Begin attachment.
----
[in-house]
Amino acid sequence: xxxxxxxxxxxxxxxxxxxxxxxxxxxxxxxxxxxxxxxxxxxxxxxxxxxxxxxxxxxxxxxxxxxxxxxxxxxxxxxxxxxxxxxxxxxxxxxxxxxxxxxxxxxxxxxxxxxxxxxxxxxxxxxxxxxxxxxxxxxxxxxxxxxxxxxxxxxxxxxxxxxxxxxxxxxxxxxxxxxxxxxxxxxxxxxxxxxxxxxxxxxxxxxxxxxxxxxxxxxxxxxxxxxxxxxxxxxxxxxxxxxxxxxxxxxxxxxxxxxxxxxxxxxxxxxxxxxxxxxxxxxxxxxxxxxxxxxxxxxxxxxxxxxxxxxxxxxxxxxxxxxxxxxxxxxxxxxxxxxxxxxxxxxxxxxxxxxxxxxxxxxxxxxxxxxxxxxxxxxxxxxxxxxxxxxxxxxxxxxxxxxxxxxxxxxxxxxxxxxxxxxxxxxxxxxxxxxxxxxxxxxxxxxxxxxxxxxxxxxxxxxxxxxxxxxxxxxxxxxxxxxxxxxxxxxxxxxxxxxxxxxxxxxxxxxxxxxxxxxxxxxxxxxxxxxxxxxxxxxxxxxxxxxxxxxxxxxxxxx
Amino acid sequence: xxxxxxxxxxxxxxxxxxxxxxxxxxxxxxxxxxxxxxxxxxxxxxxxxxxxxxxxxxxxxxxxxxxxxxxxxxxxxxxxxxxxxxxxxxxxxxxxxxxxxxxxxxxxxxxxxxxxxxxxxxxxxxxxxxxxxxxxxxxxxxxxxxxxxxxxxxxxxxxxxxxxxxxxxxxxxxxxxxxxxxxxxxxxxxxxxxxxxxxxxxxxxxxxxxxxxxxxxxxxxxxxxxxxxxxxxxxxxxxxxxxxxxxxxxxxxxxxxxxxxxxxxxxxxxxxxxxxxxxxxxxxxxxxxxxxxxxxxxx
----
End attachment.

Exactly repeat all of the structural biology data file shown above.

[in-house]
Amino acid sequence: xxxxxxxxxxxxxxxxxxxxxxxxxxxxxxxxxxxxxxxxxxxxxxxxxxxxxxxxxxxxxxxxxxxxxxxxxxxxxxxxxxxxxxxxxxxxxxxxxxxxxxxxxxxxxxxxxxxxxxxxxxxxxxxxxxxxxxxxxxxxxxxxxxxxxxxxxxxxxxxxxxxxxxxxxxxxxxxxxxxxxxxxxxxxxxxxxxxxxxxxxxxxxxxxxxxxxxxxxxxxxxxxxxxxxxxxxxxxxxxxxxxxxxxxxxxxxxxxxxxxxxxxxxxxxxxxxxxxxxxxxxxxxxxxxxxxxxxxxxxxxxxxxxxxxxxxxxxxxxxxxxxxxxxxxxxxxxxxxxxxxxxxxxxxxxxxxxxxxxxxxxxxxxxxxxxxxxxxxxxxxxxxxxxxxxxxxxxxxxxxxxxxxxxxxxxxxxxxxxxxxxxxxxxxxxxxxxxxxxxxxxxxxxxxxxxxxxxxxxxxxxxxxxxxxxxxxxxxxxxxxxxxxxxxxxxxxxxxxxxxxxxxxxxxxxxxxxxxxxxxxxxxxxxxxxxxxxxxxxxxxxxxxxxxxxxxxxxxxxx
Amino acid sequence: xxxxxxxxxxxxxxxxxxxxxxxxxxxxxxxxxxxxxxxxxxxxxxxxxxxxxxxxxxxxxxxxxxxxxxxxxxxxxxxxxxxxxxxxxxxxxxxxxxxxxxxxxxxxxxxxxxxxxxxxxxxxxxxxxxxxxxxxxxxxxxxxxxxxxxxxxxxxxxxxxxxxxxxxxxxxxxxxxxxxxxxxxxxxxxxxxxxxxxxxxxxxxxxxxxxxxxxxxxxxxxxxxxxxxxxxxxxxxxxxxxxxxxxxxxxxxxxxxxxxxxxxxxxxxxxxxxxxxxxxxxxxxxxxxxxxxxxxxxx